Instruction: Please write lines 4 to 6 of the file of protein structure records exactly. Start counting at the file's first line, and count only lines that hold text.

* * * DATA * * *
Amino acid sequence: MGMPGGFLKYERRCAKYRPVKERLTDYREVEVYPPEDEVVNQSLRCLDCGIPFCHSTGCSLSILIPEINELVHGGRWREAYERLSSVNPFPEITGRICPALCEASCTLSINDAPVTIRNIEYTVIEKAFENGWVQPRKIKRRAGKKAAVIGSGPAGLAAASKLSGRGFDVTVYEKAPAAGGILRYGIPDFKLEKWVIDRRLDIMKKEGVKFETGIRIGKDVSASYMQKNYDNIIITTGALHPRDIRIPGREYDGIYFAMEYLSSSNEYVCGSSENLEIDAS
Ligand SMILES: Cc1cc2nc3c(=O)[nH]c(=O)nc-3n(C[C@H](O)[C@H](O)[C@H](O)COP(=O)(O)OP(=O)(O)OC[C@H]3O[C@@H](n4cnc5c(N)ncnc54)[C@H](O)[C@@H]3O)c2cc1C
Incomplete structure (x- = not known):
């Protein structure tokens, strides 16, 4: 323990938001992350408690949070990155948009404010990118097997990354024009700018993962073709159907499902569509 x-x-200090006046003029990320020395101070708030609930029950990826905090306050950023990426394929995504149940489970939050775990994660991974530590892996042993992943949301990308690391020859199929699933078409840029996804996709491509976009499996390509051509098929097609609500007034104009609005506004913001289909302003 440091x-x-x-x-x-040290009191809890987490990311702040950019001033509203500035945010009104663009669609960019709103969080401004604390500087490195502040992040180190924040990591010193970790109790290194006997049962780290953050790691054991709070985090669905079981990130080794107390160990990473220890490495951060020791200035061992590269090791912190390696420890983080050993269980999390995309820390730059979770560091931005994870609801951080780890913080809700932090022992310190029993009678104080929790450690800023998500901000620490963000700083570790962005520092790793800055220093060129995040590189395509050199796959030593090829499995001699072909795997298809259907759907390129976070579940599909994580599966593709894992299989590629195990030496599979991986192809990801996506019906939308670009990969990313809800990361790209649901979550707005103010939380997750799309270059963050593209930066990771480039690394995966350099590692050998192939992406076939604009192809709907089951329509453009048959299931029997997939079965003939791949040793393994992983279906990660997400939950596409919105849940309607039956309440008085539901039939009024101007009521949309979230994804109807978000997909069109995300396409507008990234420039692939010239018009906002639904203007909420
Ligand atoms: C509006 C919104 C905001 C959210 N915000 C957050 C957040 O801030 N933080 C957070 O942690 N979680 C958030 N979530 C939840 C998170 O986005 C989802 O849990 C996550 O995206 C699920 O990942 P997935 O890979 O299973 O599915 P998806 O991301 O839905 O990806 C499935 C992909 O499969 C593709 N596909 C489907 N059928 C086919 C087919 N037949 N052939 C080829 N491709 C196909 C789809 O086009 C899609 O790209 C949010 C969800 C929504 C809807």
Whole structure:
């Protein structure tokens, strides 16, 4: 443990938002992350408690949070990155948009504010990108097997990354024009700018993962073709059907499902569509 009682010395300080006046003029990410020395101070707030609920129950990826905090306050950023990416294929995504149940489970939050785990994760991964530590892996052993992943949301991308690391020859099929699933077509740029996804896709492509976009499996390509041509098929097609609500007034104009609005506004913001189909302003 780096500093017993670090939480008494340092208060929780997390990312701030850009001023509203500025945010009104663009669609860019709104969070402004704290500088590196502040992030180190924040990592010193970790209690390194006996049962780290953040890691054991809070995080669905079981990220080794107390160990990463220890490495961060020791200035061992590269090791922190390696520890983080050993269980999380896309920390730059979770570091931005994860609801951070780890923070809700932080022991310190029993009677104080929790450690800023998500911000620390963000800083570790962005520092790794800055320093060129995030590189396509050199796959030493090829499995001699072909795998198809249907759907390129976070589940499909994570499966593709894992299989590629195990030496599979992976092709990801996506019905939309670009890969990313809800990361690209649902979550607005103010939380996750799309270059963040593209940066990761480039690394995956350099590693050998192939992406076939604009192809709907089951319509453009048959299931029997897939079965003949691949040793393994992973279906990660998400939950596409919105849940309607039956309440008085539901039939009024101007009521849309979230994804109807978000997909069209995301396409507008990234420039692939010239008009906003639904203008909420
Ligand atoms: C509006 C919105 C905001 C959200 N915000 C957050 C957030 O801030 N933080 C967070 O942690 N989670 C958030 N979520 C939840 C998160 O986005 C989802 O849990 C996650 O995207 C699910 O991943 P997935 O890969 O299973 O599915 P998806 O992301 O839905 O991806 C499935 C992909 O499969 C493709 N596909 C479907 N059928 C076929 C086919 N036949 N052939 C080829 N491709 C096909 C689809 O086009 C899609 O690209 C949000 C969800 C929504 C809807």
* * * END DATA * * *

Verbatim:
């Protein structure tokens, strides 16, 4: 323990938001992350408690949070990155948009404010990118097997990354024009700018993962073709159907499902569509 x-x-200090006046003029990320020395101070708030609930029950990826905090306050950023990426394929995504149940489970939050775990994660991974530590892996042993992943949301990308690391020859199929699933078409840029996804996709491509976009499996390509051509098929097609609500007034104009609005506004913001289909302003 440091x-x-x-x-x-040290009191809890987490990311702040950019001033509203500035945010009104663009669609960019709103969080401004604390500087490195502040992040180190924040990591010193970790109790290194006997049962780290953050790691054991709070985090669905079981990130080794107390160990990473220890490495951060020791200035061992590269090791912190390696420890983080050993269980999390995309820390730059979770560091931005994870609801951080780890913080809700932090022992310190029993009678104080929790450690800023998500901000620490963000700083570790962005520092790793800055220093060129995040590189395509050199796959030593090829499995001699072909795997298809259907759907390129976070579940599909994580599966593709894992299989590629195990030496599979991986192809990801996506019906939308670009990969990313809800990361790209649901979550707005103010939380997750799309270059963050593209930066990771480039690394995966350099590692050998192939992406076939604009192809709907089951329509453009048959299931029997997939079965003939791949040793393994992983279906990660997400939950596409919105849940309607039956309440008085539901039939009024101007009521949309979230994804109807978000997909069109995300396409507008990234420039692939010239018009906002639904203007909420
Ligand atoms: C509006 C919104 C905001 C959210 N915000 C957050 C957040 O801030 N933080 C957070 O942690 N979680 C958030 N979530 C939840 C998170 O986005 C989802 O849990 C996550 O995206 C699920 O990942 P997935 O890979 O299973 O599915 P998806 O991301 O839905 O990806 C499935 C992909 O499969 C593709 N596909 C489907 N059928 C086919 C087919 N037949 N052939 C080829 N491709 C196909 C789809 O086009 C899609 O790209 C949010 C969800 C929504 C809807």
Whole structure: